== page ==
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Saturday, May 25, 2019

Messiness and the Paraclete


Life is very messy at times.  Today’s first reading remind us of this truth.  As the earliest Christians are trying to discover what they are to do with the problems that come up.  You see, Jesus didn’t leave an instruction manual with all the answers in it.  He knew what was coming, but instead of setting all the rules out in a book (remember, the New Testament didn’t start to get written down until ten or twenty years later, and wasn’t finished for about sixty years after Jesus’ Ascension into heaven) – so instead of leaving them with a church manual, he gave them people.  He appointed judges to sit on thrones.  He appointed apostles who would be the twelve pillars that the new Heavenly Jerusalem that God was building.
But Jesus didn’t just give the Church these fallen, imperfect human beings to make the decisions.  Ultimately, He left the Advocate (or Paraclete), the helper who “will lead you into all truth” – that is the Holy Spirit.  The Holy Spirit, God Himself and the most difficult person of the Trinity for us to really get a grasp of, is the one who guides the Church through all the messiness, past and present, of figuring out how God wants us to live in this world.  'It is the decision of the Holy Spirit and of us
not to place on you any burden beyond these necessities…
It is the Holy Spirit who works in the Apostles at the first Church Council (let’s call it “Jerusalem One” like “Vatican II”) makes it clear that many, many of the ancient Jewish practices are not required for us in Christ Jesus.  You can thank the Holy Spirit for bacon.  But you should thank Him for much more than that.  Ultimately, he is the one who gives that Peace that Jesus speaks of today in the Gospel.
Peace I leave with you; my peace I give to you. Not as the world gives do I give it to you. Do not let your hearts be troubled or afraid.  This is possible because Jesus’ Spirit is given to us.  Just earlier this weekend we had our parishioners (and those of other parishes) receive the Sacrament of Confirmation.  This great gift allowed them to be fully initiated in the sacraments, strengthening their Baptismal gifts.  The Holy Spirit is strengthening them and allowing them to have a peace that the world cannot give.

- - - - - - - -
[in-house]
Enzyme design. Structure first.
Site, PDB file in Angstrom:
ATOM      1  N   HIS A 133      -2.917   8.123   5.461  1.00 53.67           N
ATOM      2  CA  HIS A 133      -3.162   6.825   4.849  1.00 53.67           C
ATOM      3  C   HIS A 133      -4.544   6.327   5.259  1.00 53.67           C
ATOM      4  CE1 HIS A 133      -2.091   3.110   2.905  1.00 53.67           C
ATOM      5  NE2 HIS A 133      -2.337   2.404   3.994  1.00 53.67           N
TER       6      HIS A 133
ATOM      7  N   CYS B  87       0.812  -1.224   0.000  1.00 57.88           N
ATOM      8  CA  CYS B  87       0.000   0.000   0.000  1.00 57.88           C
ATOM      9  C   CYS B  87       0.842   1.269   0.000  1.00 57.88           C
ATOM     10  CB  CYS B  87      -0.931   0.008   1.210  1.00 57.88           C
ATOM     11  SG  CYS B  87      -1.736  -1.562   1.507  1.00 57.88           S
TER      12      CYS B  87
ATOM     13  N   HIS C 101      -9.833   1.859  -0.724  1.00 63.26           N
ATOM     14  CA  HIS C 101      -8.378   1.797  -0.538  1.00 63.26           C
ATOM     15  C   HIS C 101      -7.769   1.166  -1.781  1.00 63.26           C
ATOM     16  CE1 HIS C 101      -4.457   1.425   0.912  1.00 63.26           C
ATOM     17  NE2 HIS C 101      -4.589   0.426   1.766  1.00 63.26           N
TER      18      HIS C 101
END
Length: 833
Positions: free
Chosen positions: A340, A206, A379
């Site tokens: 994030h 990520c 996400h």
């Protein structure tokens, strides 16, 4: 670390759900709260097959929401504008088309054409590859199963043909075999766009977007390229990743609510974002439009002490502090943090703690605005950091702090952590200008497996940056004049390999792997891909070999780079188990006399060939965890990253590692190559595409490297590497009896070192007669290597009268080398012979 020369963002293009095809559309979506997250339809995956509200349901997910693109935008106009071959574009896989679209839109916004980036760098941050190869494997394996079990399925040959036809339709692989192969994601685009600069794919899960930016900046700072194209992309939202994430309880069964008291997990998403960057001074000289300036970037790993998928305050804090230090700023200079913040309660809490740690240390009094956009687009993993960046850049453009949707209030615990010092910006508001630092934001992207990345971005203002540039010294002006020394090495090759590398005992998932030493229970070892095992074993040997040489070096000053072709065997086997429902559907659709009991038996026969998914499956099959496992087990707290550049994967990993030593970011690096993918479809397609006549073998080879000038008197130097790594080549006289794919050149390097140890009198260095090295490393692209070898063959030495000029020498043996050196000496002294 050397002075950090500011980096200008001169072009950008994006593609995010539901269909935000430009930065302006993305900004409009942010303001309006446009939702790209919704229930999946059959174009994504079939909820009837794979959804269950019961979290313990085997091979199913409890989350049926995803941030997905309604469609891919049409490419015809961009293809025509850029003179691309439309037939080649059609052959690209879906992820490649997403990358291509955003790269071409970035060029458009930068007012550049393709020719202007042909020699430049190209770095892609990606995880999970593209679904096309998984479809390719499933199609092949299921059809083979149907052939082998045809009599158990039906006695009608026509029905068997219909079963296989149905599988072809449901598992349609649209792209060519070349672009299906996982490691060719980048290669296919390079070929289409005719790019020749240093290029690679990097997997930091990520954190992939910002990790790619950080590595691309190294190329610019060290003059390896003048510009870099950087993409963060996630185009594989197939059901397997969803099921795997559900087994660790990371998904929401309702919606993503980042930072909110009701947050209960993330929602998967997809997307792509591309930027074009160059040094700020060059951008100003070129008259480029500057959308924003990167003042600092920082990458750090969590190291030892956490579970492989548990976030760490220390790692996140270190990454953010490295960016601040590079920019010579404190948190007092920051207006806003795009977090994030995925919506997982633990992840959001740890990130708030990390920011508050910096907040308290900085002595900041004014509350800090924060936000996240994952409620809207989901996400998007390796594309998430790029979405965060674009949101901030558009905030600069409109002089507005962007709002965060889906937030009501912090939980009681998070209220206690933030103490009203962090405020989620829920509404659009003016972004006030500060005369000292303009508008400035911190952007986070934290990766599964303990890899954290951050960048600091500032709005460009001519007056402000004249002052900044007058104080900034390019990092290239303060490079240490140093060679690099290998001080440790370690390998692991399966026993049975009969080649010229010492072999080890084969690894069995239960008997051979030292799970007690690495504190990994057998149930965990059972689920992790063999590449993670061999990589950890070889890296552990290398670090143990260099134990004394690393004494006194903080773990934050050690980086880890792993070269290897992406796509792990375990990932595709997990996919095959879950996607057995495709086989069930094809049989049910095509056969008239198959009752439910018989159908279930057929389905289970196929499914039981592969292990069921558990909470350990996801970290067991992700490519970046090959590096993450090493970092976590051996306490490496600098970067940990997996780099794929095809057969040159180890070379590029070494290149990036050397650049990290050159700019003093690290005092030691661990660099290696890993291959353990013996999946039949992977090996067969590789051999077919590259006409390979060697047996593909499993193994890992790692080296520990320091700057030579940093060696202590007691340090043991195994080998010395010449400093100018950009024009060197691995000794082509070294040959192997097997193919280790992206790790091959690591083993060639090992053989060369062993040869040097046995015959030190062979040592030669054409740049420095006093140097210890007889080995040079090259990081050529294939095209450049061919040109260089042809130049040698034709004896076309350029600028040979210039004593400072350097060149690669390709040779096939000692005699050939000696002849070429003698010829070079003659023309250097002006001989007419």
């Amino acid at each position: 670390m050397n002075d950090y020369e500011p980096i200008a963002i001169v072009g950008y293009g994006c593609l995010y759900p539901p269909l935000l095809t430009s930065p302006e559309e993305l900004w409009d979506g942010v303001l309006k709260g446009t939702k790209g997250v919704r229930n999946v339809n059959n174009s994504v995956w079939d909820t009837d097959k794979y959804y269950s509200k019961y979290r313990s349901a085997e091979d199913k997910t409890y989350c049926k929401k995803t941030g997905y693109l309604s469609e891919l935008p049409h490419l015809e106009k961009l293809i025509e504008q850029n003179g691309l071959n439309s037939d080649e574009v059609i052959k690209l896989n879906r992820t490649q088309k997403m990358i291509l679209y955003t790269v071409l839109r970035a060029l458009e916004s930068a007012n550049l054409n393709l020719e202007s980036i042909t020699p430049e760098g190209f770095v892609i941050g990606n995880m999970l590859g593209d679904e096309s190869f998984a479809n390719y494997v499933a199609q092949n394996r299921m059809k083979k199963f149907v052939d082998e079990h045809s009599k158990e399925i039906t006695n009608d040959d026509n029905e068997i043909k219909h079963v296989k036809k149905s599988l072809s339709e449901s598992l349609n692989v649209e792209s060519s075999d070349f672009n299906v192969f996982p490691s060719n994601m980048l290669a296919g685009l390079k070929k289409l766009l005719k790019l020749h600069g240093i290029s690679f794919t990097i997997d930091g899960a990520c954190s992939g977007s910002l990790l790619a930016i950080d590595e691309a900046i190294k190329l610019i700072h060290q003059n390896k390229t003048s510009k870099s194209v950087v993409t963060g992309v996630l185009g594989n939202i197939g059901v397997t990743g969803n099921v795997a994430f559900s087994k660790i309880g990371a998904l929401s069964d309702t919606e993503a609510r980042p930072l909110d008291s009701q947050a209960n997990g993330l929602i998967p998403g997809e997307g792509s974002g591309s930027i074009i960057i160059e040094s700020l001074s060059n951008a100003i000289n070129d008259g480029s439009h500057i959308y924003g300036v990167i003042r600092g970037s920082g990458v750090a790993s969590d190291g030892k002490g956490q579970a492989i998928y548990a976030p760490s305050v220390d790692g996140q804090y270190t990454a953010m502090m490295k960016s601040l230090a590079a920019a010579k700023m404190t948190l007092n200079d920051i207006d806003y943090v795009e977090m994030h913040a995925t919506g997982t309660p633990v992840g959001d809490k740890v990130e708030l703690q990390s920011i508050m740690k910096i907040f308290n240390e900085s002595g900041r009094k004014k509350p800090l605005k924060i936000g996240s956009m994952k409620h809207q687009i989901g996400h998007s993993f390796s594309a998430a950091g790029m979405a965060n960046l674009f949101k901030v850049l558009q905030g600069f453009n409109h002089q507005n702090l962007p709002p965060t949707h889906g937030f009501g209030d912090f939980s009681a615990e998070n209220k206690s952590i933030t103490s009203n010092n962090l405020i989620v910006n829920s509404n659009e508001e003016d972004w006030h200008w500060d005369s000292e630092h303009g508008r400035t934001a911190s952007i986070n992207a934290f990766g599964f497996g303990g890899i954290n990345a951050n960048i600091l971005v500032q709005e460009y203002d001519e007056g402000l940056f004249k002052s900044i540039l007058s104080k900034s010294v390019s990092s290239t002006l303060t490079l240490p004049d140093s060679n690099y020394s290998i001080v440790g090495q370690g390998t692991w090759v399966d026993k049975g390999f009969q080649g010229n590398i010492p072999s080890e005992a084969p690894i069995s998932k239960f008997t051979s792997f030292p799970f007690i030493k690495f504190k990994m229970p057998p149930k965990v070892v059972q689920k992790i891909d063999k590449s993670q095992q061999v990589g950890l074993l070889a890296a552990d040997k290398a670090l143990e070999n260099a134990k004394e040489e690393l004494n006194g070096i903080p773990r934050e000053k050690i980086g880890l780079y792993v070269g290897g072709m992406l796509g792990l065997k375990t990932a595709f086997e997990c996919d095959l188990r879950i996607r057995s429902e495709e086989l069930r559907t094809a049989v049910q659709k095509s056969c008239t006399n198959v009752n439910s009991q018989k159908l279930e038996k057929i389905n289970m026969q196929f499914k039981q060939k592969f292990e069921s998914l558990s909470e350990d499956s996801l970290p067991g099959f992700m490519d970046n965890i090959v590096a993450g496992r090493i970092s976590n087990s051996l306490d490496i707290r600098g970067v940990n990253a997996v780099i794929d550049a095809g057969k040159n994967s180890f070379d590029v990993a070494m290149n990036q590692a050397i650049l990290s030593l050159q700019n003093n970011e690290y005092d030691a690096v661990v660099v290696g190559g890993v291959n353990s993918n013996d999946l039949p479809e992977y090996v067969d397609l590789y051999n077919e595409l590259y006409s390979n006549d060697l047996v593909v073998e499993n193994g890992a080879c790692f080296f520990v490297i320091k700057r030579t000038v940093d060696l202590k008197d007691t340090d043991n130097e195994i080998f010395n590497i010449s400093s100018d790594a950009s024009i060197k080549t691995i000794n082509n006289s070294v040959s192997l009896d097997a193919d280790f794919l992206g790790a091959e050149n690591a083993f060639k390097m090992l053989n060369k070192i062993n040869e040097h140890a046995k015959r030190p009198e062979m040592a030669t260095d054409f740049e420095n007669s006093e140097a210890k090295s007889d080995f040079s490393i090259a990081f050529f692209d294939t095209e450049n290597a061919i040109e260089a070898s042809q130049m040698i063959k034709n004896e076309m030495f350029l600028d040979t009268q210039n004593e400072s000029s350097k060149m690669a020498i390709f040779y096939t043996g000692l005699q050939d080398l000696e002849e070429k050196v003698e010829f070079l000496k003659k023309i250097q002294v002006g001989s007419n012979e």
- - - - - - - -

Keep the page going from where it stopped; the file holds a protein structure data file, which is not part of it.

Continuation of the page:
What does that mean?  It means a peace that continues to “not be troubled or afraid” even in the midst of trial.  The world can give peace alright, if a person has enough food, water, shelter, health, job security, entertainment, sports to play, music to hear, and chocolate to eat.   I guess that’s my list but anyone’s list would be pretty similar.  That’s worldly peace: if I have all those things.  But if some of them start falling away, or if even one of the more important ones goes, I can’t have worldly peace.  It gets exposed as a fake source of happiness.
Jesus’ peace comes from knowing you aren’t alone, and from knowing that He “is going away and will come back to me.”  That He will take us home to heaven.  Knowing that an eternal bliss is waiting for us allows us to have peace.  Knowing that the Heavenly Jerusalem exists and is there for us allows us to have peace even in the midst of trial and messiness.  Even if we have to be shamed for being a follower of Jesus, if we have to endure our own Crosses like His own, we are ready, because the Spirit is with us and because Jesus has won the war even if the nations rage on.
Thank the Holy Spirit for the assurance that the Church leads us and guides us into all truth, and gives us a peace that the world cannot give, a peace that the world can never take away.
Amen.


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